Right now I have 260 lbs weight on the sled (total plates - 55+55+25 on each side). I can do 8 reps pretty readily but each one is a decent effort, it's just that I'm not getting that "failure" feeling like I do when I do other exercises. I might be able to do 12 or more reps if I kept going, but my goal is to increase peak power so I want to keep reps down and get the weight up. I'd call 260 lbs "medium heavy" to "heavy heavy". I can't imagine going much more than about 350 lbs at this point, and I'll be trying 280-300 next time out. I weigh 176-178, overweight by a solid 15-20 lbs of pure fat and theoretically should be able to lose another 10-15 lbs after that but the second bit doesn't seem realistic.

I asked someone ("former gymrat", not a rider, and not big by any means, he's much smaller than me, 140?) what he did and he said "600-700".

That didn't seem possible, but then again maybe I just don't know. It just seems really high.

I plan on transitioning to doing actual squats with free weights and a bar, but I'll ease into that. I plan on doing form squats soon, empty bar etc (from the UP UP UP thing).

So on the leg sled, at my weight, what sort of weight should I be able to do? If broadly categorizing like w/kg, what's like 3 w/kg weight, the 4 w/kg, the 5 w/kg?
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Old 01-07-20, 06:39 AM
  #5708  
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Looking back on my logs, back in summer 2018 I was single leg pressing 440lbs x 10 on each leg. The year before that, I was leg-pressing 775lbs 3 set of 5, in my 40s. I know of smaller guys who can do more than that.

One thing to remember is that, due to the angle of the sled, you aren't lifting that much weight vertically off of the ground. If the sled is 45 degrees, you are feeling about 72% of the weight (plates plus sled weight) on your feet.

That may still seem like a lot when compared to squatting, but know that when a person squats, they are actually squatting MORE than the plates and the bar. They are also adding their upper body weight to the mix. So, if a 200lb guy is squatting 150lbs on his shoulders, his legs are squatting 150lbs + 100lbs of upper body (round number for conversation's sake) for a total of 250lbs of load on his legs. Now, if he wanted to recreate the same level of load on the leg press machine, he'd have to have the sled and weights weigh about 350lbs.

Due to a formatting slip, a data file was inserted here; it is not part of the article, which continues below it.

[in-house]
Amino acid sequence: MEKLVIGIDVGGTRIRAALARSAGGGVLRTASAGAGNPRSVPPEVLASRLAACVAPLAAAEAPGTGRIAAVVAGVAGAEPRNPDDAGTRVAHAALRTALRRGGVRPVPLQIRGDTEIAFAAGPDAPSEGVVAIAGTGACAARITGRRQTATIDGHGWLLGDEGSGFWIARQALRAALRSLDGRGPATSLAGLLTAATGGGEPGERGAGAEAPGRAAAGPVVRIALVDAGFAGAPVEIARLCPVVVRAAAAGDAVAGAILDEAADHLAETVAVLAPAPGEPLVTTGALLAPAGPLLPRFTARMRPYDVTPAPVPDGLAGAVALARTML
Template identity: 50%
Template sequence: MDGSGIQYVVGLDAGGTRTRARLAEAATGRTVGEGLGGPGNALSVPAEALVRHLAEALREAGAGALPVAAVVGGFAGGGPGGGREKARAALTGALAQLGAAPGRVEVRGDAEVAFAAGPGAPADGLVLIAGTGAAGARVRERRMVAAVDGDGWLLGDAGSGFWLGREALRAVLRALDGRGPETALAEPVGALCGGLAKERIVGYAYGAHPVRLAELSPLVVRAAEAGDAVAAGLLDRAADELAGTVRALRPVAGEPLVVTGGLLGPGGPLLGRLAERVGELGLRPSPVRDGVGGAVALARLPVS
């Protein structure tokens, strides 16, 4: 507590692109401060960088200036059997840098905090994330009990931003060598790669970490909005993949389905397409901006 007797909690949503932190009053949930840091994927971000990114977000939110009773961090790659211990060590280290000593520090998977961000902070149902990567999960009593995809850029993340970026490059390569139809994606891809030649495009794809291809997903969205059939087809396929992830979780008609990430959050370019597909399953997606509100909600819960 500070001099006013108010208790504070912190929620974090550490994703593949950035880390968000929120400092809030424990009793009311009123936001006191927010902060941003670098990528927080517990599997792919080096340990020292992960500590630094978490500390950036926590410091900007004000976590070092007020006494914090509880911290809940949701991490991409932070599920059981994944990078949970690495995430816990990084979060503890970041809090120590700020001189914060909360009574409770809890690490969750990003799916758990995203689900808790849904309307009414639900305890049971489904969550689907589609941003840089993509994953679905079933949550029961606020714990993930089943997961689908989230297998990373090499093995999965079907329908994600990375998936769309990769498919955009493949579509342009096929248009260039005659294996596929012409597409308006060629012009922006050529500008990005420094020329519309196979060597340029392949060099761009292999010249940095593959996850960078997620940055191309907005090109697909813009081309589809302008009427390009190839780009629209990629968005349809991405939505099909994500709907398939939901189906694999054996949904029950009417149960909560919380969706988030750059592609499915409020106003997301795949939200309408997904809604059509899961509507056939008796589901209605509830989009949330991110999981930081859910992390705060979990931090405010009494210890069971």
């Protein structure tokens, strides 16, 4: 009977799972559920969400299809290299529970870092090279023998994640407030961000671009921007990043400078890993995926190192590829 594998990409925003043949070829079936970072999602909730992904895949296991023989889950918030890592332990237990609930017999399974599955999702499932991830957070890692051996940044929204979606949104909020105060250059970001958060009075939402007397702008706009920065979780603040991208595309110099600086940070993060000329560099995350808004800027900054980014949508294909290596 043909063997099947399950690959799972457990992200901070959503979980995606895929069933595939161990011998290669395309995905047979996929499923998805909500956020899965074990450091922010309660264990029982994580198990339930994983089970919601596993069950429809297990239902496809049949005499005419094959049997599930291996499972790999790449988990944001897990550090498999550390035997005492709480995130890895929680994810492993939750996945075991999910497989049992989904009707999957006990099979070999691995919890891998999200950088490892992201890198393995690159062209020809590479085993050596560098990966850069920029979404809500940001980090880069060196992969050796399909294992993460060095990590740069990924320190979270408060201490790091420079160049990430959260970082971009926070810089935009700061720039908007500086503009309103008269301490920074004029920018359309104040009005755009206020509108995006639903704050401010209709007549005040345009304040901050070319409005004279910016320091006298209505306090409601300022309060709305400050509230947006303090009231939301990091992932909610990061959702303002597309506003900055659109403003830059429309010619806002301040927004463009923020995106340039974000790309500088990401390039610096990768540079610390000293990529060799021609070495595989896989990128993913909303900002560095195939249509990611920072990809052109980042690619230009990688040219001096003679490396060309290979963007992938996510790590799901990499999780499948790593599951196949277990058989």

In his log book, he'd note:
Squat: 150lbs.
Leg Press: 350lbs

And they'd essentially provide the same amount of load on his legs.

That is why leg press numbers seem so much higher than Squat numbers. No one is getting over by doing leg press. It's just a lot of not-so-obvious arithmetic going on. Basically, when you squat, you are squatting more than the numbers on the bar and when you leg press, you are pressing less than the numbers on the bar

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Old 01-07-20, 06:47 AM
  #5709  
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All of the leg press info is assuming that you are using a slanted leg press machine, like maybe 45 degrees.

If you are using a vertical leg press machine (where you lay on your back and push the weight directly up into the air), then you are lifting 100% of the weight listed.

It's difficult to speak about cable-driven leg press machines (the non-freeweight kind). These do lift the weight vertically in the air, but it may not be obvious if there are pulleys involved that provide some mechanical advantage (e.g. Move the move your feet 1 foot but raise the weight 0.5 feet).

To answer your question about leg press standards. To be honest, I think you'll be better served by finding a good, progressive leg press program and see how far you can go. I took the Starting Strength squat program and adapted it for Leg Press and Single Leg Press over the years with great success. I never focused on both. It was either my main lift was leg press or my main lift was single leg press for that long lifting period. I also used weightlifting shoes when the weight got heavier. This helped a lot.